The following excerpt from David B. Hart’s The Doors of the Sea properly ’sets the table’ for Christus Victor:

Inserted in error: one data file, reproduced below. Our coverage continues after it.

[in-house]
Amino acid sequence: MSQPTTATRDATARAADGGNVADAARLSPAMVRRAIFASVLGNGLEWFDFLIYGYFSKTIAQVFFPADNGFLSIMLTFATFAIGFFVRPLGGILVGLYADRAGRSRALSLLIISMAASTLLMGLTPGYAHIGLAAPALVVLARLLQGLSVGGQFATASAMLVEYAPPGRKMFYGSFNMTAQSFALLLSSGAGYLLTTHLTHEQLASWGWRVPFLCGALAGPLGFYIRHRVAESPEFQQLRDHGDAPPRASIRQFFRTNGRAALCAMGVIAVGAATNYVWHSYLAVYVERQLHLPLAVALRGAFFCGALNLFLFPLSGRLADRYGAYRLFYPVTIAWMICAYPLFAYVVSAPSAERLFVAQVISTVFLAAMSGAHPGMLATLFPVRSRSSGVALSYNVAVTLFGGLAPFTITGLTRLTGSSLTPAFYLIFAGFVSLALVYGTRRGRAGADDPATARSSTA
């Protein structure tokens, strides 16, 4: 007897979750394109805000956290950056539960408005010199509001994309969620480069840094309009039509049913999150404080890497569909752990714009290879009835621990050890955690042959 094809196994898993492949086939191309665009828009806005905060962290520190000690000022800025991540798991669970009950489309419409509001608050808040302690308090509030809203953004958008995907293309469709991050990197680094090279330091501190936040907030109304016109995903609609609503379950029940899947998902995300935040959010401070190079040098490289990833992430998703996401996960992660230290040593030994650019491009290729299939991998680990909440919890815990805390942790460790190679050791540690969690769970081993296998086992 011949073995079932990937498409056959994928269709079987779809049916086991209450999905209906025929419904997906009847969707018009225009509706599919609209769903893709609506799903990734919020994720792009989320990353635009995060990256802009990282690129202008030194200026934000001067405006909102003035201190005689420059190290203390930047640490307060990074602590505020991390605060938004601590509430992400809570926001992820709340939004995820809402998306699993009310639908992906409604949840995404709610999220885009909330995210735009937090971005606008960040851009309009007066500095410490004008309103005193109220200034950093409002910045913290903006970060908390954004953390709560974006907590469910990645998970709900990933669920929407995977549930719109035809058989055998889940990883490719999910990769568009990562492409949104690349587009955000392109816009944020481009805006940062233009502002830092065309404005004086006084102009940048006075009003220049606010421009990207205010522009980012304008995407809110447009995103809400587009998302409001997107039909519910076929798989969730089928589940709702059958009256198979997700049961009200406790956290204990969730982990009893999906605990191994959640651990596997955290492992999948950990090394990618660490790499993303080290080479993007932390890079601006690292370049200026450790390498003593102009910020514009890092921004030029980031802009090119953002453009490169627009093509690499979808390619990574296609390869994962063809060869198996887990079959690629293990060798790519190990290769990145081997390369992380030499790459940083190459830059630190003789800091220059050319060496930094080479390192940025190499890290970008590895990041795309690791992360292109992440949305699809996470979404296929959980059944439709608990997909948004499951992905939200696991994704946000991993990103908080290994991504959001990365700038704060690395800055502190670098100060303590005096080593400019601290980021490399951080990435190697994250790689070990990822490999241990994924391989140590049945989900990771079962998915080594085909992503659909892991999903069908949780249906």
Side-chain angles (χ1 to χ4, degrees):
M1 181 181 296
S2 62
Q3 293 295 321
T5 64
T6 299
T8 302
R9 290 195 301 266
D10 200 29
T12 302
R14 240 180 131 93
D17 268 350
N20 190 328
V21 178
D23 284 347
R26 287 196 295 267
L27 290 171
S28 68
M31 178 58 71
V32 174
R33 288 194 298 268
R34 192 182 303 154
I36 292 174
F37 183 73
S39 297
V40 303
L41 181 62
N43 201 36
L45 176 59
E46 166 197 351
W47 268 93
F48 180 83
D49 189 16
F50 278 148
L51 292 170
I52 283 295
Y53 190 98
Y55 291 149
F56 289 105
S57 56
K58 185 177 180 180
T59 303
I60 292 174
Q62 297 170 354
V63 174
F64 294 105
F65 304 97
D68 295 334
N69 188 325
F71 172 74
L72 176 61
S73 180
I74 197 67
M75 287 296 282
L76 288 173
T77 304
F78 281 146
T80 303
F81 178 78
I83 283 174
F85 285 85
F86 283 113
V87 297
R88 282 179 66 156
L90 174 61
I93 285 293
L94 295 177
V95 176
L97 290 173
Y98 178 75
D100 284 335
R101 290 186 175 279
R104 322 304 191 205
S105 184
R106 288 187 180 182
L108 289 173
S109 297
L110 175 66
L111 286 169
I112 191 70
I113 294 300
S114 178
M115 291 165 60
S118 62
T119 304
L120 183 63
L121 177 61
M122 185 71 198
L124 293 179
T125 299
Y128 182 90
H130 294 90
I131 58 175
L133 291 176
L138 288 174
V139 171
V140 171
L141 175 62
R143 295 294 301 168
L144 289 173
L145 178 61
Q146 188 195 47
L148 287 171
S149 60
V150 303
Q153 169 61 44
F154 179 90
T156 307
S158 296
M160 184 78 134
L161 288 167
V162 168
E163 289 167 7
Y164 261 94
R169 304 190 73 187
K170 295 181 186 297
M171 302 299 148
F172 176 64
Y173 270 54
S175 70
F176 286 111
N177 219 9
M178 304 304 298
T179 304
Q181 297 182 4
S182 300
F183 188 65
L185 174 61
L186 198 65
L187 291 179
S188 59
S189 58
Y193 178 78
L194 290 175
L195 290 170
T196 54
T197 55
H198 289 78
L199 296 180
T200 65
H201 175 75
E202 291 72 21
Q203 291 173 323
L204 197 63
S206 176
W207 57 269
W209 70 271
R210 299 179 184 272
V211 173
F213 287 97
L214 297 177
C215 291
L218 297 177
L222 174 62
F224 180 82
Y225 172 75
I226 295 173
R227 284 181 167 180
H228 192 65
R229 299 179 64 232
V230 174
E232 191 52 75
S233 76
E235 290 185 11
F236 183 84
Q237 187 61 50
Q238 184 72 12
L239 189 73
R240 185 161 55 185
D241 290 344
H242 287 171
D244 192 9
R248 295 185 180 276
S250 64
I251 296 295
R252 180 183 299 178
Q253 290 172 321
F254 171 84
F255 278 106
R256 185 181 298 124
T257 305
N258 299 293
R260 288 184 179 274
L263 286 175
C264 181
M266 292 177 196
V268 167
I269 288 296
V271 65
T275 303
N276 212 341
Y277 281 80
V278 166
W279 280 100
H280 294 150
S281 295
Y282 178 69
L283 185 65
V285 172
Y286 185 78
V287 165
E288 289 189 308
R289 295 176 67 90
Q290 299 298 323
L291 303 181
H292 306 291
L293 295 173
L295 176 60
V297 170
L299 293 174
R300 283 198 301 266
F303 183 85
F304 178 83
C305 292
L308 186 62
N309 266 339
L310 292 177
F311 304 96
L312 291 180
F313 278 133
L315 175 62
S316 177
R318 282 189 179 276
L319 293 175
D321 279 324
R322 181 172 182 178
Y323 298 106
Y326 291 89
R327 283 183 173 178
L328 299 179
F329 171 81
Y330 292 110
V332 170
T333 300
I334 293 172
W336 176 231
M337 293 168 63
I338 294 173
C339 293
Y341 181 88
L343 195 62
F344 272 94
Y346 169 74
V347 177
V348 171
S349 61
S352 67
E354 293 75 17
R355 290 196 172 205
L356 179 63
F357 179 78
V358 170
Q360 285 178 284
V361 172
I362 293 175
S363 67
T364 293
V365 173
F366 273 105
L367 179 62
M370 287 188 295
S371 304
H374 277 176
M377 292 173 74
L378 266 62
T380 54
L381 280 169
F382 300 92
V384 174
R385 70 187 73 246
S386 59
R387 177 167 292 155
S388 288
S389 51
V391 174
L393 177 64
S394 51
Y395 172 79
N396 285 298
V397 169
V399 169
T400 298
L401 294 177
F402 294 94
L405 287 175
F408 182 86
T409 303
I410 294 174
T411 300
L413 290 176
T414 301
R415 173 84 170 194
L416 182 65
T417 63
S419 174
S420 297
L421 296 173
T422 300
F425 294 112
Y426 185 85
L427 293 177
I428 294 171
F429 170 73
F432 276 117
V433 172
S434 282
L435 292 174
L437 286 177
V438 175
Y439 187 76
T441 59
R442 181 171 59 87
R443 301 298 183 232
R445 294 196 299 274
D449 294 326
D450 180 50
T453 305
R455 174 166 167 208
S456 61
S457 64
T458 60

In the New Testament, our condition as fallen creatures is explicitly portrayed as a subjugation to the subsidiary and often mutinous authority of angelic and demonic “powers,” which are not able to defeat God’s transcendent and providential governance of all things, but which certainly are able to act against him within limits of cosmic time. This age is ruled by spiritual and terrestrial “Thrones, dominions, principalities, and powers” (Col. 1:16; cf. 1 Cor. 2:8; Eph. 1:21; 3:10), by “the elements (stoicheia) of the world” (Gal. 4:3), and by “the prince of the power of the air” (Eph. 2.2), who - while they cannot ultimately separate us from God’s love (Rom. 8:38) - nevertheless contend against us: “For we wrestle not against flesh and blood, but against principalities, against powers, against the rulers of the darkness of this world, against spiritual wickedness in high places” (Eph. 6:12). Hence John’s Gospel calls the devil “the prince of this world” (John 12:31; 14:30; 16:11), while 2 Corinthians calls him (somewhat shockingly) “the god of this world” (2 Cor. 4:4), and 1 John says that “The whole world lies in the power of the evil one” (1 John 5:19). The cosmos, then, is divided between two kingdoms, that of God and that of death. And while God must triumph, death remains mighty and terrible until the end - it remains, in fact, the “Last enemy that shall be destroyed” (1 Cor. 15:26).